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Is there a Möbius transformation mapping the upper half plane onto itself that interchange two preassigned points in the upper half plane? If so , how many such Möbius transformations are there?

Here are steps that I followed:

1.we know we can transform upper half plane onto unit circle.

  1. I want to find a Möbius transformation that maps unit circle to unit circle but interchanging the preassigned points.

3. Finally , if I find a transformation that maps the unit circle to the upper half plane.Then I think we are done.

I have problem in finding the Möbius transformation that maps unit circle to unit circle with interchanging property that already mention.

Does someone have any idea about this?

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    $\begingroup$ the transformations that take the upper half plane to itself are easier to describe, and work with, than what you suggest $\endgroup$ – Will Jagy Oct 1 '14 at 4:12
  • $\begingroup$ Question with a related answer $\endgroup$ – ccorn Oct 1 '14 at 5:56
  • $\begingroup$ What I think , we need three transformation to do this. But , I am having problem to see how to interchange the points $\endgroup$ – user178061 Oct 2 '14 at 16:36
  • $\begingroup$ You know that you can move the problem to the unit disk. I think that can indeed simplify matters somewhat. Can you show that there exists an automorphism of the unit disk that interchanges $0$ and any preassigned point $a$ in the unit disk? Can you then show that there is an automorphism of the unit disk interchanging two arbitrary preassigned $a,b$ in the unit disk? $\endgroup$ – Daniel Fischer Oct 2 '14 at 21:16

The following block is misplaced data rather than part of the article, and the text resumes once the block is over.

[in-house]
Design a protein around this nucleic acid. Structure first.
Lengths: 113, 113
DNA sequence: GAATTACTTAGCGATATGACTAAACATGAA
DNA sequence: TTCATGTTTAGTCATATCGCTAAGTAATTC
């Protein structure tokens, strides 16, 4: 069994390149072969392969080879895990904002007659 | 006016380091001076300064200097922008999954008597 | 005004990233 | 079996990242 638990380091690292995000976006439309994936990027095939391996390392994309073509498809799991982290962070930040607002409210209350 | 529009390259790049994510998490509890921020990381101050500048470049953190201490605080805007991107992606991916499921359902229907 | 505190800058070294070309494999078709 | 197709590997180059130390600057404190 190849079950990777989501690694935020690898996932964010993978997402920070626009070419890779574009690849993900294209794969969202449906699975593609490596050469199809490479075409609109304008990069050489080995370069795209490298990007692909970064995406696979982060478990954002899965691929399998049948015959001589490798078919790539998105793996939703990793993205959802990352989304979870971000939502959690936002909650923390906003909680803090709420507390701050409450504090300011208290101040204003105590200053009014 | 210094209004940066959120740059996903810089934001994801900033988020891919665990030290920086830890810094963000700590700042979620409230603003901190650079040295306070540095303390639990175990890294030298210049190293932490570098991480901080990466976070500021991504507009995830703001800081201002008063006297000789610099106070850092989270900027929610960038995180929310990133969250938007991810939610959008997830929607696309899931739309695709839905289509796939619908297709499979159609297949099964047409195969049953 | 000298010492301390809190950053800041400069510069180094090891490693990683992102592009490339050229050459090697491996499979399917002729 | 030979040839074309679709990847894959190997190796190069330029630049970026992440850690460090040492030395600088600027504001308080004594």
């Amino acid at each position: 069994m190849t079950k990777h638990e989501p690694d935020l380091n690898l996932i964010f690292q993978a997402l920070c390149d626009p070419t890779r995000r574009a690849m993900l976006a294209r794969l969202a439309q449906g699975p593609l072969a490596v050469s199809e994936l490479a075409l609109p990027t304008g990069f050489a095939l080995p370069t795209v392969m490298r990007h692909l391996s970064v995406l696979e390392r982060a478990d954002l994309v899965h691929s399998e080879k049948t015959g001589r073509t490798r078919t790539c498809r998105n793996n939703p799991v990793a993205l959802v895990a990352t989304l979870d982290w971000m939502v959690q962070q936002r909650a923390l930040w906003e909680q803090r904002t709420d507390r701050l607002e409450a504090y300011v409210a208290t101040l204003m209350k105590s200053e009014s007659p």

• $\begingroup$ It makes sense. This is what I was trying to do but I have the problem to show there is an automorphism of the unit disk interchanging two arbitrary preassigned points. $\endgroup$ – user178061 Oct 3 '14 at 3:08
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A Möbius transformation that maps the upper half plane to itself must map the boundary, i.e. the real line, to itself as well. With the standard definition for the transformation, $$f(z) = \frac{az+b}{cz+d},$$ it is fairly straightforward to see that the parameters $a, b, c, d$ must be real to map the real line to itself (try plugging in $z=0$, $z=\infty$, and then one other real number).

Then since $f$ is supposed to interchange $z_1$ and $z_2$, that means applying $f$ twice should send $z_1$ back to itself, and the same for $z_2$. Note that $f(f(z))$ is again another Möbius transformation with real coefficients. You can now solve the equation for the fixed points of the transformation (or look up the formula). This should answer the question about whether the transformation is possible.

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  • $\begingroup$ I did not get how applying f twice takes the points back to itself and how does this interchanges the points? $\endgroup$ – user178061 Oct 14 '14 at 3:51

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